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THOMSON, Charles (1729-1824), Secretary of Congress. Document signed ("Charles Thomson, Secy,"), a fair copy of an act of Congress ("By the United States in Congress Assembled..."), n.p. [Trenton, New Jersey], 23 December 1784. 1¼ pages, folio, text in a bold clerical hand..
THOMSON, Charles (1729-1824), Secretary of Congress. Document signed ("Charles Thomson, Secy,"), a fair copy of an act of Congress ("By the United States in Congress Assembled..."), n.p. [Trenton, New Jersey], 23 December 1784. 1¼ pages, folio, text in a bold clerical hand..

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THOMSON, Charles (1729-1824), Secretary of Congress. Document signed ("Charles Thomson, Secy,"), a fair copy of an act of Congress ("By the United States in Congress Assembled..."), n.p. [Trenton, New Jersey], 23 December 1784. 1¼ pages, folio, text in a bold clerical hand..

CONGRESS AUTHORIZES A NEW FEDERAL CITY IN TRENTON, NEW JERSEY

A document memorializing a little-known effort to locate the nation's new capital in Trenton, where Congress met briefly, from 1 November to 24 December 1784. Congres had met from 1778 to 1783 in Philadelphia, then in Princeton, Annapolis and Trenton. During these perambulations, there was a growing consensus that Congress should have a permanent home, but unfortunately, "the question more and more became a tangle of geographical and political complexities" (E.C. Burnett, Letters of Members of the Continental Congress, 7:xxix). The question increasingly became a point of contention between southern and northern states.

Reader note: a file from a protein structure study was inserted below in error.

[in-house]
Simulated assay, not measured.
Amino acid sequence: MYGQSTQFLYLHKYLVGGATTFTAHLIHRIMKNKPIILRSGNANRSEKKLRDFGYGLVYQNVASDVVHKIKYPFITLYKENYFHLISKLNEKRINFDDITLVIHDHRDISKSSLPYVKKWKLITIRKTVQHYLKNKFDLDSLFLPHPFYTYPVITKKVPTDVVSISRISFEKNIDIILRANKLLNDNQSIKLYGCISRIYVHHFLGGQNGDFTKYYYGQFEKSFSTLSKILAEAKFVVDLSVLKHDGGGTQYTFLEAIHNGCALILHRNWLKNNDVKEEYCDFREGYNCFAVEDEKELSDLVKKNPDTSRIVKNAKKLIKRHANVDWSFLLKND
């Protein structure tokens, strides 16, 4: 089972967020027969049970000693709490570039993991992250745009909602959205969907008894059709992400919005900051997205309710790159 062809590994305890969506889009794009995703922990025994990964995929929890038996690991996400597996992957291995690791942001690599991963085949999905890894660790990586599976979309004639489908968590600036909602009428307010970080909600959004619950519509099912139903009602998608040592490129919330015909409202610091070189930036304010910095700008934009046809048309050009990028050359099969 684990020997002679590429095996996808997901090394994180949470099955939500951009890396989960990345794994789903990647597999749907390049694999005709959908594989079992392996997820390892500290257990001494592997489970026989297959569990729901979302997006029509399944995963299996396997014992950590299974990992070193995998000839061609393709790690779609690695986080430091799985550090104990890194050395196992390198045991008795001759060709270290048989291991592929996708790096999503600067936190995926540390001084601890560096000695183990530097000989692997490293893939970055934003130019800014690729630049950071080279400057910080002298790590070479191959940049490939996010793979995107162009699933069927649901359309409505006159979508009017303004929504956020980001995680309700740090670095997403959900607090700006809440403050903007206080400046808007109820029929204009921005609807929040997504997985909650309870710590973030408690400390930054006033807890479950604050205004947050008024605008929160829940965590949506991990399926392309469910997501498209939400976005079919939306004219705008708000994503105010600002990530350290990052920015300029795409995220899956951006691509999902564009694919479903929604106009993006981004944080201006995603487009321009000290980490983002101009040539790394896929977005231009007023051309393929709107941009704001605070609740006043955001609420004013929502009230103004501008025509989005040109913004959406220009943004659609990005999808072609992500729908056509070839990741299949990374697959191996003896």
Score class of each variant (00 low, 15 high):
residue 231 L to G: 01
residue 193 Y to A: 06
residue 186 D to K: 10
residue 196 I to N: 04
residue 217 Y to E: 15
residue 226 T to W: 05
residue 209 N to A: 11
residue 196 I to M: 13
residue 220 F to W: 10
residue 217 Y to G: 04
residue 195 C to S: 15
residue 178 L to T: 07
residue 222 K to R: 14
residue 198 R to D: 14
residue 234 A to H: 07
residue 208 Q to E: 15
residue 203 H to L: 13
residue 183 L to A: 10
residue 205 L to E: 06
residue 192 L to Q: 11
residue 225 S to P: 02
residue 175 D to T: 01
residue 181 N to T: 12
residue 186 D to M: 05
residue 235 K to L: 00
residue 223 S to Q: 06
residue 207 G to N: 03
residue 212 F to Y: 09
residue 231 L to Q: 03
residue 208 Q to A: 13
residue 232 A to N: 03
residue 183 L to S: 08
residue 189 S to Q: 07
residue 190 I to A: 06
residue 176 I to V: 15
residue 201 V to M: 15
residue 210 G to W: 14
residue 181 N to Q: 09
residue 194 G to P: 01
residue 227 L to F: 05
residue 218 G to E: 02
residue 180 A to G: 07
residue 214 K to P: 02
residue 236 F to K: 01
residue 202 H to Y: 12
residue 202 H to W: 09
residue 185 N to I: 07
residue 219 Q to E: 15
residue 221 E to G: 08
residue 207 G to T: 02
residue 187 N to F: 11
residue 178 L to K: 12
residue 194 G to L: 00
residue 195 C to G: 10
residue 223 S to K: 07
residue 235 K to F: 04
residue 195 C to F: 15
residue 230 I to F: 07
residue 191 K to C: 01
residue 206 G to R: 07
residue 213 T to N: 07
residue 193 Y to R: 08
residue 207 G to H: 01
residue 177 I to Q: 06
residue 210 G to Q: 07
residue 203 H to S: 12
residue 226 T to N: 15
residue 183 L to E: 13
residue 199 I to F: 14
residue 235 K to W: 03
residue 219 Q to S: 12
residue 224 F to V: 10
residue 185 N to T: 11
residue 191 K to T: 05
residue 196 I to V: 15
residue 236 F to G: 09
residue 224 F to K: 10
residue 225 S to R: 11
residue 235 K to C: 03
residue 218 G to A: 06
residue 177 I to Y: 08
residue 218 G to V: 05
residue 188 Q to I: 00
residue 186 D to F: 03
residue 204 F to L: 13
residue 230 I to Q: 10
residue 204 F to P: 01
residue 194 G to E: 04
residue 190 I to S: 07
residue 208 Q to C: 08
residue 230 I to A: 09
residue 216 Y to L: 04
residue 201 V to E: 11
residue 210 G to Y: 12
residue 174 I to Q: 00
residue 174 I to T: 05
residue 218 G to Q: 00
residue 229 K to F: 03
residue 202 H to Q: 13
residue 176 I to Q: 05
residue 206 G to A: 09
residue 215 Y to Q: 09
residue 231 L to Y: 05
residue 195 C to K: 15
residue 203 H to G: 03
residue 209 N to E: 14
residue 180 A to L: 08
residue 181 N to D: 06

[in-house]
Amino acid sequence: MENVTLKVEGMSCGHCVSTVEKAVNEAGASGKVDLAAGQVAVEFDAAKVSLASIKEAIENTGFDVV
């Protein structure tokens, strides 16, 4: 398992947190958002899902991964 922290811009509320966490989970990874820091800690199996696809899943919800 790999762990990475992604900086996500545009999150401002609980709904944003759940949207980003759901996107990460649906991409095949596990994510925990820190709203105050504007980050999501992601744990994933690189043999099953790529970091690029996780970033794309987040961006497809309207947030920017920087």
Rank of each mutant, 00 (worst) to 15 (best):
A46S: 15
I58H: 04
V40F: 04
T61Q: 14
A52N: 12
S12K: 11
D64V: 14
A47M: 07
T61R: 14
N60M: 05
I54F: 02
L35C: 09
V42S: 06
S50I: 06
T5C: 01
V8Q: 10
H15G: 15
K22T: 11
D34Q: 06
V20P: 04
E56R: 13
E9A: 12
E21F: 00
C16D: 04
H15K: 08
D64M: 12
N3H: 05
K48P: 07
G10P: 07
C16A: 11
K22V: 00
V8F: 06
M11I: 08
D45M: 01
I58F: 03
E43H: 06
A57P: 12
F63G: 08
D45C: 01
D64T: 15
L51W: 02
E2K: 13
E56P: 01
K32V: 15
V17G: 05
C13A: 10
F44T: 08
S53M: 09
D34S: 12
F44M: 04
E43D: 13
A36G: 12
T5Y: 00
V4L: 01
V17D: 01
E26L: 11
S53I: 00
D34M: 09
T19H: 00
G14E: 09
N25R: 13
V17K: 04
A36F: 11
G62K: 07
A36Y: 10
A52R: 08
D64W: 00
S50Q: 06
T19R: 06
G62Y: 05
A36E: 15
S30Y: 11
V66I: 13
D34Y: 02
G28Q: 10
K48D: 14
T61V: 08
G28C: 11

"Be it ordained...that the resolutions of the 20th Instant respecting the erecting buildings for the use of Congress be carried into effect without delay." Three commissioners are to be named "with full powers to lay out a district of not less than two nor exceeding three miles square on the banks of either side the Delaware not more than eight miles above or below the lower falls thereof for a federal town." They are empowered to purchase the land, and "to enter into contracts for erecting and completing in an elegant manner, a federal house for the accommodation of Congress, and for the Executive Office thereof; a house for the use of the President of Congress, and suitable buildings for the residence of the Secretary of Foreign affairs, Secretary at war, Secretary of Congress, Secretary of the marine and Officers of the Treasury." The commissioners are authorized to draw funds from the Treasury up to $100,000 for this purpose. The act also notes that on 24 December, Congress adjourned to reconvene in New York on 11 January 1785, where they are to meet "until the Buildings aforesaid shall be ready for their reception...."

The Trenton capital proved a mirage. Congress found New York city a more congenial meeeting place and continued to meet there from January 1785 to March 1789. Provenance: James Lowe -- John F. Fleming.
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